A mechanic from South Trinidad is raising questions about the operations of a private lab where he was swabbed for COVID-19 and received a negative result.

The man said he was swabbed later the same day by the Ministry of Health and received a positive result.

He agreed to speak with Guardian Media under the condition of anonymity, saying he was fearful of losing his job for speaking out.

The man said he came into contact with someone who had all the symptoms of COVID-19.

He tried to get tested at a health centre but said he was told he would have to wait until that person’s result came back.

When the person was tested positive, he was instructed to go to a health centre to be swabbed. But he said his place of employment sent him to a medical facility in South Trinidad, where they paid for him to be tested.

“I went to the private facility, got swabbed and then went to the health centre, where they swabbed me again,” he said.

He was given a negative result on a rapid antigen test kit at the private facility.

But days later, he was contacted by Ministry of Health officials who said he had tested positive for the virus.

“I was home at the time that I got back the positive result from the ministry. It was very confusing because the private lab is saying negative and the ministry is saying positive. It was very confusing to me, I didn’t know who to believe,” he said.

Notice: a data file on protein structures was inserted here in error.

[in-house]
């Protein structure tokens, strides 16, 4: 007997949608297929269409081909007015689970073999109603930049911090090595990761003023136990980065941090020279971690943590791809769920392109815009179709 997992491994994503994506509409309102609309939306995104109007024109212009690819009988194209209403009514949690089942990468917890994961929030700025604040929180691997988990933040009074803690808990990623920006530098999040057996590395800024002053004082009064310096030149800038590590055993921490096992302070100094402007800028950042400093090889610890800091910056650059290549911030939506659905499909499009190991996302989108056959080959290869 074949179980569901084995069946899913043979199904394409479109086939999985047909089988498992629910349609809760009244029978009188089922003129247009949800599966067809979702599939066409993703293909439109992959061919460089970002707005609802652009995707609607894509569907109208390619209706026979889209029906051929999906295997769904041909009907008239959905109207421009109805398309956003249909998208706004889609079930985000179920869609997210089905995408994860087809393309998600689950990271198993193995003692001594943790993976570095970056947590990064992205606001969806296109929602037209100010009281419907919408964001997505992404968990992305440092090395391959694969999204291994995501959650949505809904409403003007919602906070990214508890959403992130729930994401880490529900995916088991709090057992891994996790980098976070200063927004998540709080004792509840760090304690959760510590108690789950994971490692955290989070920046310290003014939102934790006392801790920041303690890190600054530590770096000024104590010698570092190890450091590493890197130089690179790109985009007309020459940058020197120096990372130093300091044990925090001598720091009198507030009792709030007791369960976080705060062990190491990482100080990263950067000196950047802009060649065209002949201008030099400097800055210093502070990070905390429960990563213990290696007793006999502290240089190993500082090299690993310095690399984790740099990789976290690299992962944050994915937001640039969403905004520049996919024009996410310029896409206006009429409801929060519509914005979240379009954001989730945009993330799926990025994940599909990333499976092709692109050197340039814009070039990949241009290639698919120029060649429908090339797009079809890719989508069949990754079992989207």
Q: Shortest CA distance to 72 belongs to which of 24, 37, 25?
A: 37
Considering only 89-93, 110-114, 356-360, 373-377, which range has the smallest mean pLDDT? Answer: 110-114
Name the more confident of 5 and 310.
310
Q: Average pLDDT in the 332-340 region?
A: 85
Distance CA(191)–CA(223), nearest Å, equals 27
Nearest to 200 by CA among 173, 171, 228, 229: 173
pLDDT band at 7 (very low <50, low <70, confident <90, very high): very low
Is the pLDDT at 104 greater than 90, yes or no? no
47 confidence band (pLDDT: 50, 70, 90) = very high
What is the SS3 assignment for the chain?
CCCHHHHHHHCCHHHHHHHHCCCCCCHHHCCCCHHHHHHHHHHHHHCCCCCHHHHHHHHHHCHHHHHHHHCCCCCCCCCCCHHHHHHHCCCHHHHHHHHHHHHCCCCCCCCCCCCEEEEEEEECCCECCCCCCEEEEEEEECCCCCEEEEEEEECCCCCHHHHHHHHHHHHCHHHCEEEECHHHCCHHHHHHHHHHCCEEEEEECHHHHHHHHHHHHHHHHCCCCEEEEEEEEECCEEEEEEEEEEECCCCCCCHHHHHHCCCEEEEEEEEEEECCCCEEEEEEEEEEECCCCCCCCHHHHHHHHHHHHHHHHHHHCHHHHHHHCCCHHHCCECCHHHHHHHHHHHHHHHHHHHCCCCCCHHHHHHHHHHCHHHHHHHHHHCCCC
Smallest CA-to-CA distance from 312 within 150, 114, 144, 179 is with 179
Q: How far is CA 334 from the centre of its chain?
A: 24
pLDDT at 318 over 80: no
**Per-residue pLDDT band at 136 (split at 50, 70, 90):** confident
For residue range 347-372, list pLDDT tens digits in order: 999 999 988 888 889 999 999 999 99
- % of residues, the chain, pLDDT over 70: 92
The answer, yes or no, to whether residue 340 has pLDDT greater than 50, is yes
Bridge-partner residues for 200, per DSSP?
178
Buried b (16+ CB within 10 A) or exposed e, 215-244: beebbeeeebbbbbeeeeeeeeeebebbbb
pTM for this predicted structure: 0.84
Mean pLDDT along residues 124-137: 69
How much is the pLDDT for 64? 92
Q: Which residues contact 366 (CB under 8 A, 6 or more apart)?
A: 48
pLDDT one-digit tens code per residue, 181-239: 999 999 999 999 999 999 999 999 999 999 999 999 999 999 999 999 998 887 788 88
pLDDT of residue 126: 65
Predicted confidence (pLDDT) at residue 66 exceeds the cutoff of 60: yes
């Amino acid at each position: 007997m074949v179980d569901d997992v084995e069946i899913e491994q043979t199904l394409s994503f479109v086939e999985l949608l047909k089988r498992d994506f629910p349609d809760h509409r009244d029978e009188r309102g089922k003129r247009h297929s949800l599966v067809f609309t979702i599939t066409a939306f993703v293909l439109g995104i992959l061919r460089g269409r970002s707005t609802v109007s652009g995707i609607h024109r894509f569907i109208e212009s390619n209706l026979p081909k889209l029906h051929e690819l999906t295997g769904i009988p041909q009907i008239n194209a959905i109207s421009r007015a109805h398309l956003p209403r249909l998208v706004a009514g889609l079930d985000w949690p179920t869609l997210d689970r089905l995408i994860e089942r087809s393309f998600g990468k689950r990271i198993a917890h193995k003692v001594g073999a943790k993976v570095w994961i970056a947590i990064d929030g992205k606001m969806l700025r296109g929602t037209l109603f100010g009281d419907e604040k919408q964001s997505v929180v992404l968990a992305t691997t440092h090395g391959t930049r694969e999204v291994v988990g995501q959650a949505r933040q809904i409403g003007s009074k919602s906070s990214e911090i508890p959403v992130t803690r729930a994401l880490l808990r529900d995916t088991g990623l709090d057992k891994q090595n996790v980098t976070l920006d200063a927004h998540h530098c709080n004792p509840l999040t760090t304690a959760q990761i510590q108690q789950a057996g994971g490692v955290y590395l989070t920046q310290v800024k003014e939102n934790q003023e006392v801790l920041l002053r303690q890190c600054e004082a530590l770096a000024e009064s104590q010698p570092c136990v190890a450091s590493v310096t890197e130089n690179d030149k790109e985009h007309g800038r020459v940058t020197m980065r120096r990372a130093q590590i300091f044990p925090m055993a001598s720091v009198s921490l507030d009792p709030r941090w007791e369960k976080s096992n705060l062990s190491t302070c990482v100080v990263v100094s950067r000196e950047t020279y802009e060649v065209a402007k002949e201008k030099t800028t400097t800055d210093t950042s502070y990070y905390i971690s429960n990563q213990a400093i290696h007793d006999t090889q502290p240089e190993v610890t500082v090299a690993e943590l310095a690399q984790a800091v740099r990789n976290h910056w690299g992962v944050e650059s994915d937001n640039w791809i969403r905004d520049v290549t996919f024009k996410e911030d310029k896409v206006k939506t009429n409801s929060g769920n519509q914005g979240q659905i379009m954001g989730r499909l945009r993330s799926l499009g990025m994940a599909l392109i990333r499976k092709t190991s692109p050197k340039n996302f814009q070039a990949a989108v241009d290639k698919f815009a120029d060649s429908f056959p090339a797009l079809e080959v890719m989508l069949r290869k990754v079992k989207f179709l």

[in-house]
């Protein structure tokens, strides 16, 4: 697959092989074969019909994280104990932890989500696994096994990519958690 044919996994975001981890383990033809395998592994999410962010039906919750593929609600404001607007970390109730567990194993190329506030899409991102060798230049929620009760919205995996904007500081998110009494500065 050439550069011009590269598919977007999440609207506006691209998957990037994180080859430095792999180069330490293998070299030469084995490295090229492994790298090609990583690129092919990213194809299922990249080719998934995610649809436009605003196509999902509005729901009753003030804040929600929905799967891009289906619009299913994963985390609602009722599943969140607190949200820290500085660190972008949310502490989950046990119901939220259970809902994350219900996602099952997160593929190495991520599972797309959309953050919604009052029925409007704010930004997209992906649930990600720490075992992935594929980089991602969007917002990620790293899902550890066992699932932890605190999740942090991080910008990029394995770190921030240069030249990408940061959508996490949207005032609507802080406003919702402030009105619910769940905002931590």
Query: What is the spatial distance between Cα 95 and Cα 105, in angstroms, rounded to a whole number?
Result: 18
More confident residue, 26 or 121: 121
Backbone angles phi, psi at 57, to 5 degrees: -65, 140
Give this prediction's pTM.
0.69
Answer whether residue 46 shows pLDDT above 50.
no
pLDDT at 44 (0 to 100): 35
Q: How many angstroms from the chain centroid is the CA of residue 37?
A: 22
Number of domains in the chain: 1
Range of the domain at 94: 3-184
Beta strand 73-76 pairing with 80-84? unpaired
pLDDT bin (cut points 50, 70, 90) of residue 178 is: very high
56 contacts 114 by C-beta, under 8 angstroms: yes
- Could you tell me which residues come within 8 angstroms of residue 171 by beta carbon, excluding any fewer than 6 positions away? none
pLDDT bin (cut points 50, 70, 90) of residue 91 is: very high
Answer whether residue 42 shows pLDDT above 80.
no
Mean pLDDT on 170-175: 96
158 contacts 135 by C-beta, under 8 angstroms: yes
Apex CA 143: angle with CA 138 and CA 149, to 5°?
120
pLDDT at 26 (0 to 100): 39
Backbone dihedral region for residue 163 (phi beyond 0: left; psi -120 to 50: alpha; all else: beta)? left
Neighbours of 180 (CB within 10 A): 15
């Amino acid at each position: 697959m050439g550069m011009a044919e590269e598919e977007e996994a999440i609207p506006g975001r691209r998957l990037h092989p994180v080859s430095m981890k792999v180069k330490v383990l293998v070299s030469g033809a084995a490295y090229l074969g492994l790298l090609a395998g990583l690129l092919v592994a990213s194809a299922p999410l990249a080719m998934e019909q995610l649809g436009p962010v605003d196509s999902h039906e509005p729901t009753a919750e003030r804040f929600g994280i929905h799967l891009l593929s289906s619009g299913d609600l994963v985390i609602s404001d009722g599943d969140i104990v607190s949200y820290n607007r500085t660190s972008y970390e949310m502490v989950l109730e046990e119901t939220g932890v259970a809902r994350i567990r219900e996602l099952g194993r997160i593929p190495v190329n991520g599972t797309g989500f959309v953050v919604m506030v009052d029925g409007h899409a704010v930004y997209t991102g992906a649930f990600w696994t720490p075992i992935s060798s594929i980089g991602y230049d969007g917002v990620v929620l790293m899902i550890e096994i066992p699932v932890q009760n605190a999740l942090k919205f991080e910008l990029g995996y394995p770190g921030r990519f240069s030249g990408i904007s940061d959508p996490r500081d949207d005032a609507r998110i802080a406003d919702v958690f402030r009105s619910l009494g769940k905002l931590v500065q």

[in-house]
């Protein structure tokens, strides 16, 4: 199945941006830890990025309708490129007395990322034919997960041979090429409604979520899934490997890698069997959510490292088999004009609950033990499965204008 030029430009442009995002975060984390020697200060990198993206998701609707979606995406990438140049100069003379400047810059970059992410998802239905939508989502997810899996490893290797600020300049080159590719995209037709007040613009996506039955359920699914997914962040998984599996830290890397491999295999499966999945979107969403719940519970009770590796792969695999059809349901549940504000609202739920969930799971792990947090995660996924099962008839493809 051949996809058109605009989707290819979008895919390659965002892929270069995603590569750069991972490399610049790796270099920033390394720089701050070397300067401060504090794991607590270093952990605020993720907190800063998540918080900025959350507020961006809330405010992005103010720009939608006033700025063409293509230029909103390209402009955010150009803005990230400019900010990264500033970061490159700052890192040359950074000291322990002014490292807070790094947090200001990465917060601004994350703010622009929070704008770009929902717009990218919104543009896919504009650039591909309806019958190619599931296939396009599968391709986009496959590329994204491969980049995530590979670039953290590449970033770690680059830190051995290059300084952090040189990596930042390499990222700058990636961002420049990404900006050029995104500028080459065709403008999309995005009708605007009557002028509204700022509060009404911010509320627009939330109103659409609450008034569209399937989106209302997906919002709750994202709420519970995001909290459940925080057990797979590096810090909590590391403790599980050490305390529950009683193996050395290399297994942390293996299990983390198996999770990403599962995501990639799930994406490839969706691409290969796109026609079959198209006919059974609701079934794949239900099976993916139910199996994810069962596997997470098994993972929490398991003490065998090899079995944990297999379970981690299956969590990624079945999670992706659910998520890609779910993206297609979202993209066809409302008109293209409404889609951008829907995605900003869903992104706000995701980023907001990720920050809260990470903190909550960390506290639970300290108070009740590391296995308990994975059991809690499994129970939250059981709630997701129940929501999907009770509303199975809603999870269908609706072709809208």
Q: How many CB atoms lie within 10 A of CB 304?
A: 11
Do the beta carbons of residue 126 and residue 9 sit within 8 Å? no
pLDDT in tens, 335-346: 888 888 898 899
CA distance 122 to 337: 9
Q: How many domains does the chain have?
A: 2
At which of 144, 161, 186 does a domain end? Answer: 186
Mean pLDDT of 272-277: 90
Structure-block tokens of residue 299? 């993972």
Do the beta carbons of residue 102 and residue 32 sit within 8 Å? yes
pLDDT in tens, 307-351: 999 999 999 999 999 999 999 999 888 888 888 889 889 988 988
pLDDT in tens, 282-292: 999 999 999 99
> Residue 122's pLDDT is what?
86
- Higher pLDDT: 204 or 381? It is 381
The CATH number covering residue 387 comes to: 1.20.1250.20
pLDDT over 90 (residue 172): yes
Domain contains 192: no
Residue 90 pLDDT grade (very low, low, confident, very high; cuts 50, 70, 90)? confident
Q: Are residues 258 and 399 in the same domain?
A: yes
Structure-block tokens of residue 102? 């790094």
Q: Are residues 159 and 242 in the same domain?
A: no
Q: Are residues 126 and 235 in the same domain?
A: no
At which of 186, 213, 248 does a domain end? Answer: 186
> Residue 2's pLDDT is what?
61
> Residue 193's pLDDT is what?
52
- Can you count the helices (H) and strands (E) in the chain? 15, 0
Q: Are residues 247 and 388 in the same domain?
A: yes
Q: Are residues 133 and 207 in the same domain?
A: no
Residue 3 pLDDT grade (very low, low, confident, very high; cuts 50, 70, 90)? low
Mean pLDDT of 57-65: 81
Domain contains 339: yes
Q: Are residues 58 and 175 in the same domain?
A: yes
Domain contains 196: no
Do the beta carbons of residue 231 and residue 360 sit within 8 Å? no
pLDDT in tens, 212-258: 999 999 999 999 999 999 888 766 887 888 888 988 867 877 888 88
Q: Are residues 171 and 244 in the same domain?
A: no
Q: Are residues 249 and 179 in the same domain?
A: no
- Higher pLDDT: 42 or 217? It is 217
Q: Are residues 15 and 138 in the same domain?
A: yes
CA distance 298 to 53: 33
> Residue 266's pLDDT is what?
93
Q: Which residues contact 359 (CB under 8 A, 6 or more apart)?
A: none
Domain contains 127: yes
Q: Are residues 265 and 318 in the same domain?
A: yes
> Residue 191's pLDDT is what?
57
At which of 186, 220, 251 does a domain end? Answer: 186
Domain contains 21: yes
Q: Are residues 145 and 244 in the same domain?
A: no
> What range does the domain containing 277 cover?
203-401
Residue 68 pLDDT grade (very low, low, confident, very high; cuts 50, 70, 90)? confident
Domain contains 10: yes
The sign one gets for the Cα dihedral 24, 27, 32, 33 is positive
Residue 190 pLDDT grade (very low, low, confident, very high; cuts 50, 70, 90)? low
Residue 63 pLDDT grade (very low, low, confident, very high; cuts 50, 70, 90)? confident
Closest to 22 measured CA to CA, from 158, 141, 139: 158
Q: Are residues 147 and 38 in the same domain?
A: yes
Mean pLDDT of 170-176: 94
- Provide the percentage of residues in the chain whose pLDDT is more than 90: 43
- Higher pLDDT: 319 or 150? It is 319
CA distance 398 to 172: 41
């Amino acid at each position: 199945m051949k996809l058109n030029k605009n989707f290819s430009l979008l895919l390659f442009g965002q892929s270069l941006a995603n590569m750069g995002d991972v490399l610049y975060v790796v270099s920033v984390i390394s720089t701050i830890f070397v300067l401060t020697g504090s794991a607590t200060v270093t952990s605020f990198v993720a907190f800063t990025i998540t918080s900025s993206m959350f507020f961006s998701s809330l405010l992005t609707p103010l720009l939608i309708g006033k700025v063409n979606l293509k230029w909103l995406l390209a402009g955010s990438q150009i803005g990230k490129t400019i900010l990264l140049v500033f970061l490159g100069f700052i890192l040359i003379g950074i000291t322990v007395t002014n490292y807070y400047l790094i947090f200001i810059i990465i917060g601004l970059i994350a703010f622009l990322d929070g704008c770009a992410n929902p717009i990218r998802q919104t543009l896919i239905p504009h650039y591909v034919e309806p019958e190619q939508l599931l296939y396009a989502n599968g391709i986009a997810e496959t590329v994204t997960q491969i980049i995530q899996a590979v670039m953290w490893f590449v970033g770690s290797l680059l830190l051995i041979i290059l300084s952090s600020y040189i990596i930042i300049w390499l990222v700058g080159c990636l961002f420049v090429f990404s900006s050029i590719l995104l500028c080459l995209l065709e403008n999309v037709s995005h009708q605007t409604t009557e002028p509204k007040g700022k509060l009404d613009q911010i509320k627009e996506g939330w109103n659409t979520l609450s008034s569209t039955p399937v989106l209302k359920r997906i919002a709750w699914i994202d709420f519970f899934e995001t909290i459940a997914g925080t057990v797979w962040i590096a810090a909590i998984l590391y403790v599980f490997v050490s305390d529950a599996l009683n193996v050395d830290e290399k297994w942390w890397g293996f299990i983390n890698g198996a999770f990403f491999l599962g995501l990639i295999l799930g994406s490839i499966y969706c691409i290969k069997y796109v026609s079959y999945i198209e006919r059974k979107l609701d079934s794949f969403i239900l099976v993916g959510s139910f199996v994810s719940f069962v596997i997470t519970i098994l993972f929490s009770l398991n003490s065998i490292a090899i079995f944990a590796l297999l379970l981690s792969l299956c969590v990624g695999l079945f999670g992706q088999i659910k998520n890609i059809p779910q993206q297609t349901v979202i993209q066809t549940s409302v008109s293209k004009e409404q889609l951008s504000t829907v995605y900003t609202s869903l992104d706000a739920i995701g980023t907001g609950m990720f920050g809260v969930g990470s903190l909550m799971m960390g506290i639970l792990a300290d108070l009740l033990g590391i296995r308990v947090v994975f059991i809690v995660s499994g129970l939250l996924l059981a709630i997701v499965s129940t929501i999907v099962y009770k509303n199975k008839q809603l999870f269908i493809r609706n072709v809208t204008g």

The man sent a copy of the letter detailing his results to Guardian Media. He said he had no symptoms of the virus despite being in contact with a positive patient but he was in quarantine at his home.

“This situation is madness. Imagine if I didn’t go to the ministry for a test after getting a negative result at the private facility, I could have been going to work, to the supermarket, all over and infecting people,” he said.

He said false negative results can lead to the virus being spread more rapidly.

“Somebody needs to talk to these people, warn them and let them know this is very dangerous. This is how the virus can spread more and get out of control.”

He said he wanted to share his story because when he visited the private testing centre there were people in over a dozen vehicles waiting to be tested in the drive-through testing station.

Guardian Media contacted the director of the private facility but he declined to comment, saying he wanted to meet this reporter in person to verify who he was speaking to before he could comment.

He also asked for the identity of the patient and when he was told it was an anonymous report, he said he could not comment any further. (SR)